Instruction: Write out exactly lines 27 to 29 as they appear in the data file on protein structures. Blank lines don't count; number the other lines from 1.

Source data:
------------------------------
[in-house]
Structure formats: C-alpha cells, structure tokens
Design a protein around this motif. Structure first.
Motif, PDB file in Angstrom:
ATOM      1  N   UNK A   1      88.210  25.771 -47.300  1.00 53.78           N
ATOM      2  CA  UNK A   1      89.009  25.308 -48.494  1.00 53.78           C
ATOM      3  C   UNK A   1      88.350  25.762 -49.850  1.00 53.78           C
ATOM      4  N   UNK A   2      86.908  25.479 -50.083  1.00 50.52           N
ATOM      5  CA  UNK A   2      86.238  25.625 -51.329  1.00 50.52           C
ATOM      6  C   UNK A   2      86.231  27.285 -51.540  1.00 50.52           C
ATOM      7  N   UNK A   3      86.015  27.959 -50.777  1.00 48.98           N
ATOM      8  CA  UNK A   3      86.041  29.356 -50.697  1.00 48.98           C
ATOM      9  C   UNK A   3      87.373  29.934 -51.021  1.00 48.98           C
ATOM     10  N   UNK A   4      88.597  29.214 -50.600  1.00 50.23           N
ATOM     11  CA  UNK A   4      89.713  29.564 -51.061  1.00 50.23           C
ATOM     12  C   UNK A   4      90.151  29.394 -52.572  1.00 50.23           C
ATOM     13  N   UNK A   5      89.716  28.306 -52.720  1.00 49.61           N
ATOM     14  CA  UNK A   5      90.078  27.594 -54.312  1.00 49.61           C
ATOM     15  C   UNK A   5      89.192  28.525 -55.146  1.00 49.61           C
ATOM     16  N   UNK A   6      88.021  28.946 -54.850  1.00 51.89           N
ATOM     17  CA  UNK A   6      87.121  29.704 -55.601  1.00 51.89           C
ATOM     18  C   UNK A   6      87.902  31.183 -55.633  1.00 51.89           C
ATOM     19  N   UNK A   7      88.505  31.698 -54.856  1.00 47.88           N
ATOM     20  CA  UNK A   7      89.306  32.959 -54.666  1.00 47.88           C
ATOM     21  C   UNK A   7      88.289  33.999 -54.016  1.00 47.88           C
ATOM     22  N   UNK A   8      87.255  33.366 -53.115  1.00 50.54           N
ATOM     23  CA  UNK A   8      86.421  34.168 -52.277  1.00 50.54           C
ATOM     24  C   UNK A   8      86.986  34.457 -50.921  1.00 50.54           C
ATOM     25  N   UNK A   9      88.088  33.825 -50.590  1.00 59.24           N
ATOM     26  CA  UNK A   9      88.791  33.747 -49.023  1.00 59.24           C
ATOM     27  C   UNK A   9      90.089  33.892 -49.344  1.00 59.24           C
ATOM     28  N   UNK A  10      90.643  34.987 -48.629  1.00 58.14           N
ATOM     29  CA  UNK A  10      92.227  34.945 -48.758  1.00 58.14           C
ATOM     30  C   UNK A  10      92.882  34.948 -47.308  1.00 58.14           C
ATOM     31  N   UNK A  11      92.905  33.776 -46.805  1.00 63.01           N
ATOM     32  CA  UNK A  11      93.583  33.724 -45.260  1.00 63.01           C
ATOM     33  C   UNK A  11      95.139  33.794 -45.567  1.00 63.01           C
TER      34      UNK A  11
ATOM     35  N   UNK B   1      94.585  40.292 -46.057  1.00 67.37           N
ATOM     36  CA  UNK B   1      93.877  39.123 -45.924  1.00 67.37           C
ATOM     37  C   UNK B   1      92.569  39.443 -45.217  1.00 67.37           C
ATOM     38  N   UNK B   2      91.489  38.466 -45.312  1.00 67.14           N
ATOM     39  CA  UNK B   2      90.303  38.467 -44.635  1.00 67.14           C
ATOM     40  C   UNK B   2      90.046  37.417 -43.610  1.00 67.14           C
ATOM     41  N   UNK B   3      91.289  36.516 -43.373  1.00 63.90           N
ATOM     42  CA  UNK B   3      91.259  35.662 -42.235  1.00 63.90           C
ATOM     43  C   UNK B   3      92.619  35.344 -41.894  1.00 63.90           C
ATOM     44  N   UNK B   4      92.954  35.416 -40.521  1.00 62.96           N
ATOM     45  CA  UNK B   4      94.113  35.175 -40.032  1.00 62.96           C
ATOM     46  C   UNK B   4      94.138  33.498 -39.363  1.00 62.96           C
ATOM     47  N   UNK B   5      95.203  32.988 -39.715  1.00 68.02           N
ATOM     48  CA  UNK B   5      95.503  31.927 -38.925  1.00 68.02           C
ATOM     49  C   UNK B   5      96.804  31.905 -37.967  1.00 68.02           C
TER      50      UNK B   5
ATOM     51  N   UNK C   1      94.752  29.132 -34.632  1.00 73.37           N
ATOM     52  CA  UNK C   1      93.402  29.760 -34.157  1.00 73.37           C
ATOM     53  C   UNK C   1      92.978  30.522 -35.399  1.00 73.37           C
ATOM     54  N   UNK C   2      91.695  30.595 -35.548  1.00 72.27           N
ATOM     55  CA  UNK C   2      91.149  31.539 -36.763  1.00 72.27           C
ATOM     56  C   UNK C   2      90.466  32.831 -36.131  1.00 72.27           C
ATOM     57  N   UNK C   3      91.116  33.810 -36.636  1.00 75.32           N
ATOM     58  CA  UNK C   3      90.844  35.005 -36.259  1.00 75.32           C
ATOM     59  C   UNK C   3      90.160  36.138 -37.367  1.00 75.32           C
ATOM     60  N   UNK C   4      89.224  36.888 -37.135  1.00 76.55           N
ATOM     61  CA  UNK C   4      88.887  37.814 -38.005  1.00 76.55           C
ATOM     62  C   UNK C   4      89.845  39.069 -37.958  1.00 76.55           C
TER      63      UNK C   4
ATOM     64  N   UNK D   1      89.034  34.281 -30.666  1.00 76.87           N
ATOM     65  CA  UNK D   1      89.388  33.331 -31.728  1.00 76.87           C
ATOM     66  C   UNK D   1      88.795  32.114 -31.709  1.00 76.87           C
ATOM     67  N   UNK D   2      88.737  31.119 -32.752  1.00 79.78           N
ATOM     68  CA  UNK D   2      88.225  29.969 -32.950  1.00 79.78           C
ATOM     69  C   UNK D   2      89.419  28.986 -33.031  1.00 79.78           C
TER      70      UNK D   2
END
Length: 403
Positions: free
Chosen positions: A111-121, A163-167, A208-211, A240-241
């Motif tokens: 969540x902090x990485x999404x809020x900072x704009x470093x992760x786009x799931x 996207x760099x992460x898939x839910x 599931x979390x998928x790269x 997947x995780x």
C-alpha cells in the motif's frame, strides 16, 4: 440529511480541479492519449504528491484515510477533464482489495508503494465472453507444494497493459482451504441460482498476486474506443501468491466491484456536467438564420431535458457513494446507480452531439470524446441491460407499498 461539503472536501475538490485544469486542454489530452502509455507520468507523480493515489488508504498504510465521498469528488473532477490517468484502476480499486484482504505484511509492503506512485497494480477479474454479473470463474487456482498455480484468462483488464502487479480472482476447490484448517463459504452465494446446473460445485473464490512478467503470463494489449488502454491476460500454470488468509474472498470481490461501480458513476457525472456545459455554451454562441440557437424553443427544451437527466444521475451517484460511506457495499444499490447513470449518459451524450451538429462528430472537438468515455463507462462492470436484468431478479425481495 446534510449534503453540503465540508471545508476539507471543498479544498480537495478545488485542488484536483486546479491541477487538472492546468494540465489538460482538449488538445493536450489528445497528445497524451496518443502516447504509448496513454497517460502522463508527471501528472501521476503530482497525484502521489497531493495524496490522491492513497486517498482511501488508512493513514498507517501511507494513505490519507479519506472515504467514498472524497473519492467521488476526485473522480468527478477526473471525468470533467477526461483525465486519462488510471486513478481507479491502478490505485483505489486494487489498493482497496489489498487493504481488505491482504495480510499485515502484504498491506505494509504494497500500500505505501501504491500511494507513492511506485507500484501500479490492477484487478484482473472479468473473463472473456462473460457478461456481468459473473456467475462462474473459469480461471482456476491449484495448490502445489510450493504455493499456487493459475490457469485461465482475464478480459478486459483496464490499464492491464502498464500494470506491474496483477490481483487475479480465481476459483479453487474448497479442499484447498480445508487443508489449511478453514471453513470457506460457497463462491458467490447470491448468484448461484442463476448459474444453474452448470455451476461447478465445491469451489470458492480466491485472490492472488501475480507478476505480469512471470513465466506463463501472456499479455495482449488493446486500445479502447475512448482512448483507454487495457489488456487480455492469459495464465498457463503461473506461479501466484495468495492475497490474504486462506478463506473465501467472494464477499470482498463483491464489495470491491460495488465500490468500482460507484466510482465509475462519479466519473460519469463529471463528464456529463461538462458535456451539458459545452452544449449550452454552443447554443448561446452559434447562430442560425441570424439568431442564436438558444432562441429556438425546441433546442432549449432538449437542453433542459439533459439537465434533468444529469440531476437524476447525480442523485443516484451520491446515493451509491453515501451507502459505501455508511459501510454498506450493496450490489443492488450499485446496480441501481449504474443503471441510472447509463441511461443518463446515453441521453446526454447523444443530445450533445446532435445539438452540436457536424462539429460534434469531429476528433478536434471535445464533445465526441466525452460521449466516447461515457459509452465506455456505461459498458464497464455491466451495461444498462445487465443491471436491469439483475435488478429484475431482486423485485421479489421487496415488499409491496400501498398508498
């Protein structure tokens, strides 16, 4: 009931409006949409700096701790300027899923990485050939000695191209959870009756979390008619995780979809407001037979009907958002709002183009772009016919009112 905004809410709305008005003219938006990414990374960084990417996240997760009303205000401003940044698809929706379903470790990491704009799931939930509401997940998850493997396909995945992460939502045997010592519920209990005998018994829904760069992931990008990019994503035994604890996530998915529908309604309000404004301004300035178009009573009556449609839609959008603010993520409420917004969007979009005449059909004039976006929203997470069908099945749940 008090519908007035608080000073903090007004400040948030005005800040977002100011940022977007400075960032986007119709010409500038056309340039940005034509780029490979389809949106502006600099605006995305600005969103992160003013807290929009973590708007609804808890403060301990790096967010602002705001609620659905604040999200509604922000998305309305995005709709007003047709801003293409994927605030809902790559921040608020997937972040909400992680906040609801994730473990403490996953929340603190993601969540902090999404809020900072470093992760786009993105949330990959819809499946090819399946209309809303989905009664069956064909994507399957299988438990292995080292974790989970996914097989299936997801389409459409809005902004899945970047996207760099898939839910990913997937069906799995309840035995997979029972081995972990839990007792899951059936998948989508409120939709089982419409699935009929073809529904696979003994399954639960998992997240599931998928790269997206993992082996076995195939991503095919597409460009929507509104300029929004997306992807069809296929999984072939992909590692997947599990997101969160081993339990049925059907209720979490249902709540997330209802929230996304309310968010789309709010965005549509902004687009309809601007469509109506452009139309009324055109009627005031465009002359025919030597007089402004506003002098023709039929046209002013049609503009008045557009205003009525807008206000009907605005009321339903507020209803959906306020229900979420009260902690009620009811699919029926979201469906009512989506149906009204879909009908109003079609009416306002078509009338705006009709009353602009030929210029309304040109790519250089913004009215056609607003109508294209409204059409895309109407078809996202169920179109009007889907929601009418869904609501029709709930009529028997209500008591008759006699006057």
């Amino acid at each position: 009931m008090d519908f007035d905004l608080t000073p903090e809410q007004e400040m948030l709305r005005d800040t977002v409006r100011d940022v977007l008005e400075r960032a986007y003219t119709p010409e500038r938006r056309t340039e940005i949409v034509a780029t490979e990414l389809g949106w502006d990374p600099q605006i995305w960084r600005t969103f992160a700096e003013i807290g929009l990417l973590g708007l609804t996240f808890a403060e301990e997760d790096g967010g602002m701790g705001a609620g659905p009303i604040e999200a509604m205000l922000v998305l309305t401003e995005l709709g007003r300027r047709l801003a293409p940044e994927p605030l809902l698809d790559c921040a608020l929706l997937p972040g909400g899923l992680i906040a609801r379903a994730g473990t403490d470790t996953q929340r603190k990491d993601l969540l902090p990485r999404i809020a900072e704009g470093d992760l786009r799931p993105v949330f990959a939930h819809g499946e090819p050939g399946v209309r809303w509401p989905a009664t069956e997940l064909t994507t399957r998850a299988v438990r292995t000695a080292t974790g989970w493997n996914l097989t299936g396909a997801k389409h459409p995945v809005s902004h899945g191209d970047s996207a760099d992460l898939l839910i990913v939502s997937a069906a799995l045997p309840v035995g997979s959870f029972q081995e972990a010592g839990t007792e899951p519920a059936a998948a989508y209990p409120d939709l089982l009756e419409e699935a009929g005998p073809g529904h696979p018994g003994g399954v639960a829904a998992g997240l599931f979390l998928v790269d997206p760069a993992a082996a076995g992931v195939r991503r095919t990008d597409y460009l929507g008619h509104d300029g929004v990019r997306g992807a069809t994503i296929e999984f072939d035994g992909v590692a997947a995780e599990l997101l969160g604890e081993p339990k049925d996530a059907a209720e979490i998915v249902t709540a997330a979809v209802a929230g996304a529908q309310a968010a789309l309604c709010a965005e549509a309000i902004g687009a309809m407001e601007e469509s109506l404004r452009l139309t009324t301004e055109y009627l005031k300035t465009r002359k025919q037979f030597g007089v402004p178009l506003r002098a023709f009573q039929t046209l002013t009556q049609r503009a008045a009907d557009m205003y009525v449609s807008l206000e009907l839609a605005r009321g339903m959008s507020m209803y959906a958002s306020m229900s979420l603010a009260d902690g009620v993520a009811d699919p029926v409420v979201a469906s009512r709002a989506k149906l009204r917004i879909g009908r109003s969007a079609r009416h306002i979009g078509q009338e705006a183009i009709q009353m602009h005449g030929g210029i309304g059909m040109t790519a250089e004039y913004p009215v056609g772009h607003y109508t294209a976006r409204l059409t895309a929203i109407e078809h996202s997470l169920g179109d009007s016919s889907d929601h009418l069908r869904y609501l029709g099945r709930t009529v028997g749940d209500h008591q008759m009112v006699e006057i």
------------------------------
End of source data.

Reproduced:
ATOM     23  CA  UNK A   8      86.421  34.168 -52.277  1.00 50.54           C
ATOM     24  C   UNK A   8      86.986  34.457 -50.921  1.00 50.54           C
ATOM     25  N   UNK A   9      88.088  33.825 -50.590  1.00 59.24           N